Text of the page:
Archive for the ‘Social Software’ Category

I’m sadly old enough to remember when LiveJournal was super-hip (and its emo younger brother, DeadJournal). Blogs are something I’ve pretty much “grown up with”. I’ve had quite a few in my time, personal and professional. Technorati is a blog search engine, and if nothing else I’m impressed it’s gone the distance where others (e.g. Google Blog Search) have fallen by the wayside.

I’ll admit to being at a bit of a loss as to why you’d just want to see what’s in blogs. You could Google your topic and blogs would come up. But not wanting non-blog information (unless you were researching and your scope was purely blog posts) doesn’t really seem quite right to me.

Anyway, Technorati seems fatally flawed to me. I did a search for “23 Things” – see below. Not only did my multiple 23 Things blog posts NOT show up, but NONE of the thousands of posts by thousands of people doing 23 Things around the world showed up! Even just clicking the 23 Things tag on WordPress finds you at least a dozen posts. It makes me wonder what it is that Technorati is actually indexing?

Capture

Verdict: Not going to be one of my suite of tools

skyping dog

The world certainly is a smaller place now, thanks to the internet. And Skype brings it even closer together, so that anyone who’s got a computer with a camera and microphone and internet connection can talk to someone else, no matter where they are.

I’ve been using Skype since 2011, when my son was born but his grandparents were living overseas for 12 months. We used to log on every few days early evening their time, pop the laptop on the floor and let them watch and talk to the baby for hours on end. Later, when our little boy was a bit bigger, we’ve used it when my husband has been away for work, so they can still have storytime before bed. We also used it for chats with a family member who spent a year studying at a university overseas. I’ve been using Google Talk (same kind of idea) as well, for meetings with other members of a state professional organisation committee where we’re scattered all over the state.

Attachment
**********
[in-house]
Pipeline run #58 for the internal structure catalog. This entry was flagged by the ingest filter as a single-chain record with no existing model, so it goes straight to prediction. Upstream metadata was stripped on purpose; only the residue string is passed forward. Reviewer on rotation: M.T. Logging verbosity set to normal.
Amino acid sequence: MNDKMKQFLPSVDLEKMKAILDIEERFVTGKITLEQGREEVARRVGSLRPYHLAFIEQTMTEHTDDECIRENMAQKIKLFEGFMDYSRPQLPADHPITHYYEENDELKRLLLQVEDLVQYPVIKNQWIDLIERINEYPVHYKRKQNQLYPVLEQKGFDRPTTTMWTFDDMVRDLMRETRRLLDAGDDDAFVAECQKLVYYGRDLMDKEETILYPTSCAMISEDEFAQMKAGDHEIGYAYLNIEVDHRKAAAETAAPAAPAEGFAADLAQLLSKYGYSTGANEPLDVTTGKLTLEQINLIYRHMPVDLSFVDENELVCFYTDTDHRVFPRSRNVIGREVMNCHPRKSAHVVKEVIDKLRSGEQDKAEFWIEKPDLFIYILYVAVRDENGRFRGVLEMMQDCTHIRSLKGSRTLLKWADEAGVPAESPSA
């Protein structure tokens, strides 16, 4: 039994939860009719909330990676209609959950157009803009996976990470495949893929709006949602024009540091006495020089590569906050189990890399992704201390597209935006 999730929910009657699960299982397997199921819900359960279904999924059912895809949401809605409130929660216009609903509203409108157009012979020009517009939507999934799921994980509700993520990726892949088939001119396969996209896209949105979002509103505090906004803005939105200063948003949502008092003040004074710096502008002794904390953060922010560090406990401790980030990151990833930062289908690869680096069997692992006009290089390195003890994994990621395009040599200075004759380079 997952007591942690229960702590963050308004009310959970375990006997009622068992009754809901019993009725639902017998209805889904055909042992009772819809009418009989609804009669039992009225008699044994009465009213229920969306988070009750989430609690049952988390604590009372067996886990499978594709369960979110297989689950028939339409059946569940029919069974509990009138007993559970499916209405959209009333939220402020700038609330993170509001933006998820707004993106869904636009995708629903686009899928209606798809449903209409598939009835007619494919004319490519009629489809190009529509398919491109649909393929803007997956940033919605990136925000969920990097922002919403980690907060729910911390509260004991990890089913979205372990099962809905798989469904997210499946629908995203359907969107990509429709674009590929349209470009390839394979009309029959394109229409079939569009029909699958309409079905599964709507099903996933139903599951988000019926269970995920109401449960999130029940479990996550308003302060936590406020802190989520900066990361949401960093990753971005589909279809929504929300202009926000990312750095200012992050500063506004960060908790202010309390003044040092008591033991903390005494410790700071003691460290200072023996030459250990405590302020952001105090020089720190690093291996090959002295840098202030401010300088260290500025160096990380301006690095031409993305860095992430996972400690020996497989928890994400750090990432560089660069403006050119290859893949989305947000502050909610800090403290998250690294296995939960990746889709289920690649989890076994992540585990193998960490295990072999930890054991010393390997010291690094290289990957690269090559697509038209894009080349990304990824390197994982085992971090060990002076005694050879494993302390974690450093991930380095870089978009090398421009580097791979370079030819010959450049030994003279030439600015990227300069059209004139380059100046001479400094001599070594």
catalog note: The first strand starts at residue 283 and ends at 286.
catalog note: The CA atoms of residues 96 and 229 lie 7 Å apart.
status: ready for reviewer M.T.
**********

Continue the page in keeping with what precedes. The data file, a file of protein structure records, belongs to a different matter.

The downside is that the conversation is really only as good as your hardware and internet connection. It can sometimes be quite a production (especially at night) to get the lighting just right so your fellow Skyper can see you. We had lots of trouble talking to the family member at uni overseas as her 13th-century building, while lovely, had thick brick walls which were terrible for wi-fi access.

 

At the end of the day, nothing’s quite better than a proper hug from a friend. However, if you can’t, Skype’s a good (temporary) solution if the technology stars align in your favour!

I played around with Dashboards a few years ago (I think Google had one back then, from memory?) and wasn’t quite sold. I hate-hate-hated Netvibes then, it was so ugly and clunky, but I see it’s recently (?) had some cosmetic surgery and so in the name of science I’ll give it another go, and I’ll give Pinterest a go for comparison.

The idea behind dashboards is to start collecting things that you like and want to save for future use, or to show people. It could be RSS feeds, posts, or additional widgets built into the service. It’s kind of like your filing cabinet and mailbox in one. I’ll lay out my thoughts on each of the two options we were given below: